Thought that would get your attention!
In college, my housemates and I read a lot. Required reading, reserve reading (okay, some of them did), newspapers, magazines, novels, essays. And then there were the white-covered Silhouette Romances, passed hand to and, the property of the house rather than any one individual. The white covers were significant because they denoted that sex would actually take place in the book, as opposed to the regular Harlequin Romances that ended with a first kiss.
The most entertaining thing about the Silhouette Romances was the contortions the writers went through to get their heroines into unconsummated marriages, so that when the inevitable happened and they and their husbands fell madly in love with each other, or succumbed to passion in unlikely spots (the desert–sandy! A vineyard in a thunderstorm–muddy and dangerous!), they were already married. Ah, the good old days, although I understand that what I think of as the Throbbing Manhood genre is still, in various forms, a thriving market.
There’s nothing intrinsically wrong with the blow by blow (sorry) accounts of body parts and positions, but the problem is that one person’s “woo-hoo!” is often another person’s “Eww!” (See deserts and vineyards, above.) Readers need the characters’ thoughts and emotions to figure out how we should feel about the sex in books, and it’s the author’s job then, as always, to provide that guidance. I have read plenty of sex scenes where at the end I’m left wondering, “So, um, was that supposed to be a good thing?!”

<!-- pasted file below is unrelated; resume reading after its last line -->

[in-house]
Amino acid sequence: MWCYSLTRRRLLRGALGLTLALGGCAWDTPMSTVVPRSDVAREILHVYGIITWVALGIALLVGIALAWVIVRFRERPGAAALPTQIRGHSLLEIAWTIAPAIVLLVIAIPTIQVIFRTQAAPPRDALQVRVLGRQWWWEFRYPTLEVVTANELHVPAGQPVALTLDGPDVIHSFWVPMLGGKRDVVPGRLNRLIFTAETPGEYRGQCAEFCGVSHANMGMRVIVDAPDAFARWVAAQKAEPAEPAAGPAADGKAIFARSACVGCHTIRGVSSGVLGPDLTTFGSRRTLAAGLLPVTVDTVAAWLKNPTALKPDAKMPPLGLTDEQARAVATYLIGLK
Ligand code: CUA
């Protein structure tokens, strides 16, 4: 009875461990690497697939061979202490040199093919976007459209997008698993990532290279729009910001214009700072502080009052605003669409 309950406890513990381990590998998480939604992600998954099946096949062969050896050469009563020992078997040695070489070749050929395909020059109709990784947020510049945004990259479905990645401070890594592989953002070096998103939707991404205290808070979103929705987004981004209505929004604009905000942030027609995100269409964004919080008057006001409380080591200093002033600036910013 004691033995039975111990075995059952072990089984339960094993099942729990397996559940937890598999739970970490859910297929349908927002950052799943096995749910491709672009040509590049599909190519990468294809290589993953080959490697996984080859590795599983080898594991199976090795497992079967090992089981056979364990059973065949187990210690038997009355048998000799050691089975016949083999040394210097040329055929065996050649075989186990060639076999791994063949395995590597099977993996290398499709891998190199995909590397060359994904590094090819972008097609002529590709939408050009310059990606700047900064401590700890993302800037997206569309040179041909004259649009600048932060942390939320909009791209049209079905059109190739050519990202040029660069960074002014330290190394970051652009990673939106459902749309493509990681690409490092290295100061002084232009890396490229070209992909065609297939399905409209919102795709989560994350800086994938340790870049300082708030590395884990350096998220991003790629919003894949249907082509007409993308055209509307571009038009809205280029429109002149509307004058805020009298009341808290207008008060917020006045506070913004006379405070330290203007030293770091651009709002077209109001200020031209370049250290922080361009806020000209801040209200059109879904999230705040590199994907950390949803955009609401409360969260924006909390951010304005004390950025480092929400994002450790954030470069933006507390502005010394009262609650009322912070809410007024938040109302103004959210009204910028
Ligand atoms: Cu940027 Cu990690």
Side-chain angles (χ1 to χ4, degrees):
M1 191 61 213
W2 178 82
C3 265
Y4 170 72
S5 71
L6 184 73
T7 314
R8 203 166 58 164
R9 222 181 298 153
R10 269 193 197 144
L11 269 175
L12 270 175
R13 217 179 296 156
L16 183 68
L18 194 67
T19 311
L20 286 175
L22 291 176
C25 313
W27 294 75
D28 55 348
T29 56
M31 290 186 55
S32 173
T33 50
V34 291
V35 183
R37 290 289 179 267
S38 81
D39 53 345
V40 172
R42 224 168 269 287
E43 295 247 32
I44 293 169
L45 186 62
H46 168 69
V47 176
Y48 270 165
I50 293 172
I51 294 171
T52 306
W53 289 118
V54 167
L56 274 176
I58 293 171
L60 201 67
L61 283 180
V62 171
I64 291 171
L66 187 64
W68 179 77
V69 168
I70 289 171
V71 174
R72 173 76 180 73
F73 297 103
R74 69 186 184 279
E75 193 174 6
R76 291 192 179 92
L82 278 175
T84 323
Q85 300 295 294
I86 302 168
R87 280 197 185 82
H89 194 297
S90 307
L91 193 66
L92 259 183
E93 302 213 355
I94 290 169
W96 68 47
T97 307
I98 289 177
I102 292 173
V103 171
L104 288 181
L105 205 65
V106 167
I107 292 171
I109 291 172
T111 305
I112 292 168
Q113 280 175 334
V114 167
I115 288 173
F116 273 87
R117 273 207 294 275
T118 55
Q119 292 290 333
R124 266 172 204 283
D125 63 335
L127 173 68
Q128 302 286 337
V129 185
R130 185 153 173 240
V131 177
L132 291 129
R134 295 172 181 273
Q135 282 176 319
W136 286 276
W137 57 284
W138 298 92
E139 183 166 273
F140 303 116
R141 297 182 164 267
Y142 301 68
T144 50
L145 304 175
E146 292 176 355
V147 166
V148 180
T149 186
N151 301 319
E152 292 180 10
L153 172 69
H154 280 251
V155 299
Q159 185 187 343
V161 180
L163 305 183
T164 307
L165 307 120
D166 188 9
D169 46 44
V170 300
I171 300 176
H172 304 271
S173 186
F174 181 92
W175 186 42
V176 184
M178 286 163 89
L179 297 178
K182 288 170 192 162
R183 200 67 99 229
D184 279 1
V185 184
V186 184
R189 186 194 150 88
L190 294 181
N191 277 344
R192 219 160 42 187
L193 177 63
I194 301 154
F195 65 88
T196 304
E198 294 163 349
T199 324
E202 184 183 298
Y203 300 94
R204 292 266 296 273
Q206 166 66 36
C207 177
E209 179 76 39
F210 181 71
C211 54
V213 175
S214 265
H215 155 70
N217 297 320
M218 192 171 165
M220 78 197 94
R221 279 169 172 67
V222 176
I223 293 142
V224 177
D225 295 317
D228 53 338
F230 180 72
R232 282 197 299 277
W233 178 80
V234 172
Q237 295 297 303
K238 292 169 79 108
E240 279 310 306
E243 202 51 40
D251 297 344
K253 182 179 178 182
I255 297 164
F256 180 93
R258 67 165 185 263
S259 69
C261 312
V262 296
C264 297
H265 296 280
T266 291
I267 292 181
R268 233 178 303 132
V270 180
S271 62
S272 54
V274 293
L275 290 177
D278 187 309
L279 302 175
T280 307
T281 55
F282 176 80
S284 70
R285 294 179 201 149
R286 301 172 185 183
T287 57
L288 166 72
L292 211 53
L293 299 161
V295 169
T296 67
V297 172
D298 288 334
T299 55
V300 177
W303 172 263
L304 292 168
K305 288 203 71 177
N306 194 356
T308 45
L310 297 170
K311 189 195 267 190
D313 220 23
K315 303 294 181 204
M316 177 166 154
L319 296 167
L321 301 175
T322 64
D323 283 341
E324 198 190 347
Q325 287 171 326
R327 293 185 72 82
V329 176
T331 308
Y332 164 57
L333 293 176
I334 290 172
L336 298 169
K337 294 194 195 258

The traditional novelists’ ideas on this were often an emphatic No, or for the French writers, Non. They mostly described sex in the context of the kinds of illicit love that are bound to end badly–usually tragically. Colette’s ladies are always being discarded for younger mistresses, Emma Bovary is, if not driven mad by sex, definitely helped along that path. The tragedy is often, (although not always, see Proust) confined to the females, which I merely note in passing since this is a blog post and not a doctoral dissertation.
And finally, the worst sex scene I ever read was in that book with the desert. The heroine needed, for some reason I can’t remember, to get across a desert to help her brother, and the only possible guide was a Bedouin with an eye patch, and the only way, unlikely as it seems, that he could accompany her across the desert was if they went through one of those pro forma marriages- in-name-only that were a staple of the genre.
When the inevitable happened, and they were overwhelmed by passion in the middle of the desert, she removed his eye patch and caressed the empty socket, an image that has probably scarred me in ways I’m not even aware of. You’re welcome.
Come on, readers. What was the worst, or best ,sex scene you ever read? Thoughts? Opinions? Arguments? Diatribes? I want to hear from you.